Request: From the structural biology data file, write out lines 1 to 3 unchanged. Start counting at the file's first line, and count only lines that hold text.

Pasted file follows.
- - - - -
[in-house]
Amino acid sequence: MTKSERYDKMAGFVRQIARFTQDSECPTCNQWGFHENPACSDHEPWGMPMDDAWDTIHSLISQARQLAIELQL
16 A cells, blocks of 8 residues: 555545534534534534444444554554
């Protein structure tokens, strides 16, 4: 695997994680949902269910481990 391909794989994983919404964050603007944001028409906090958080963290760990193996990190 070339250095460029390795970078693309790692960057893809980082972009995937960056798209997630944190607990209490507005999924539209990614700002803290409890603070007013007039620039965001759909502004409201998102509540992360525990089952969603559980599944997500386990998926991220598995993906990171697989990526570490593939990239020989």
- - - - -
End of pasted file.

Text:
[in-house]
Amino acid sequence: MTKSERYDKMAGFVRQIARFTQDSECPTCNQWGFHENPACSDHEPWGMPMDDAWDTIHSLISQARQLAIELQL
16 A cells, blocks of 8 residues: 555545534534534534444444554554